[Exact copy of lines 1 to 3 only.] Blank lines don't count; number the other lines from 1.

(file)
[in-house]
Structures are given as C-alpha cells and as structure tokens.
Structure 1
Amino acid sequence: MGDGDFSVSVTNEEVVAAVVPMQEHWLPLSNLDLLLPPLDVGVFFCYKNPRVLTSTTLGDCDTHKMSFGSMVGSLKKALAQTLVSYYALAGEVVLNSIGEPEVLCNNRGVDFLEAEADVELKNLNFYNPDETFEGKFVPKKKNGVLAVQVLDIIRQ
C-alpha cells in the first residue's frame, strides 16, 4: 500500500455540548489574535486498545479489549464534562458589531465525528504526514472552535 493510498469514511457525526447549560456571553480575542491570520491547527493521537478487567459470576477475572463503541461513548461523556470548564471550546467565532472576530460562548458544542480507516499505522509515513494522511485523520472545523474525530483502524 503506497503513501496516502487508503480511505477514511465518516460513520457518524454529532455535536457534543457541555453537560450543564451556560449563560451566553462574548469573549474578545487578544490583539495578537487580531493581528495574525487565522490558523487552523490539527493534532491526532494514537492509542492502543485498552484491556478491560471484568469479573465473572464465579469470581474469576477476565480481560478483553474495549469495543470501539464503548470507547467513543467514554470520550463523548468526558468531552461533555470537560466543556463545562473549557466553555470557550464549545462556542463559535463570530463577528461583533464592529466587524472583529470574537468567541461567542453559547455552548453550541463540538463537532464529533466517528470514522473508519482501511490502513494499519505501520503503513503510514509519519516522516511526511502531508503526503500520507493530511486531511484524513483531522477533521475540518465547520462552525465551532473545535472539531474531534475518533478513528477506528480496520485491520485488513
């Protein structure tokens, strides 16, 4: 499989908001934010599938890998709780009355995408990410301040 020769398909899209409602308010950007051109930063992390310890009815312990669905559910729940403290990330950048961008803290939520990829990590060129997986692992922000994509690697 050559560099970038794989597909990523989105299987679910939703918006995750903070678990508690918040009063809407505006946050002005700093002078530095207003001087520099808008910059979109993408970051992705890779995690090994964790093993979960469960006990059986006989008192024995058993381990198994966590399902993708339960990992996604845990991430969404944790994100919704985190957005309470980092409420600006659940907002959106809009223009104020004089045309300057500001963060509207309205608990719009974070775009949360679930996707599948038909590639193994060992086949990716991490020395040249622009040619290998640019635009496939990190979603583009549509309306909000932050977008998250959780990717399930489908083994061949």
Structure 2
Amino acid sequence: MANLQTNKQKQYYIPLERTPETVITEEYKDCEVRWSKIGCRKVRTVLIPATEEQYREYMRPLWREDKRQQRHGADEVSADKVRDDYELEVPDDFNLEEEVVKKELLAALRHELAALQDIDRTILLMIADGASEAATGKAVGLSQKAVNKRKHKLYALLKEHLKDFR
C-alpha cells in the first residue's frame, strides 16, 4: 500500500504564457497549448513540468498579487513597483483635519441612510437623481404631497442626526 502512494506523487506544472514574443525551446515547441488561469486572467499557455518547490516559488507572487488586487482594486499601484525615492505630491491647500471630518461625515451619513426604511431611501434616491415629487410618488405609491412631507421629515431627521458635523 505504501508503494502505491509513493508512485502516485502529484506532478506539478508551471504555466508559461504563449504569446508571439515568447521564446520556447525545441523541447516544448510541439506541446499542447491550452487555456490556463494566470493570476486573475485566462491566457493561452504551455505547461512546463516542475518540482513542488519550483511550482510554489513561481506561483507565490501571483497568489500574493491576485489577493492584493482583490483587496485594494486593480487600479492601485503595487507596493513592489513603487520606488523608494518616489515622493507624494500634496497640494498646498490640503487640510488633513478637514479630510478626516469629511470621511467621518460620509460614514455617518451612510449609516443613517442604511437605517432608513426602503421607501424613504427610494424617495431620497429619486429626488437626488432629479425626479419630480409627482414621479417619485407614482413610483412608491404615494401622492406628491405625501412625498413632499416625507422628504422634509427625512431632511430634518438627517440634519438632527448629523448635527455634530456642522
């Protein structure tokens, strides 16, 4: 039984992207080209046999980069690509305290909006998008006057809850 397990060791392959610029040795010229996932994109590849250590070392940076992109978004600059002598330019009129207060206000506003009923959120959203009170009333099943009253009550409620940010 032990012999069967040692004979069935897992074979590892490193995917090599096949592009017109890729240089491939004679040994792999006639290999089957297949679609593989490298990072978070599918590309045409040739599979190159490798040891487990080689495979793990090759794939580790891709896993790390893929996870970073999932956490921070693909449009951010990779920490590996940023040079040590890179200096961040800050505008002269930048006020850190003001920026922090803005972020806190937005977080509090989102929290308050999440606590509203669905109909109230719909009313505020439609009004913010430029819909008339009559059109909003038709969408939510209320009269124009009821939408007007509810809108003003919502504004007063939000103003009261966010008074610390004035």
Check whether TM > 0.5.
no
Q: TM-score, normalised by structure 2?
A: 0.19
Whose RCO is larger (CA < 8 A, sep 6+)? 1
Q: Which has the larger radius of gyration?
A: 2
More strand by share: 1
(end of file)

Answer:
[in-house]
Structures are given as C-alpha cells and as structure tokens.
Structure 1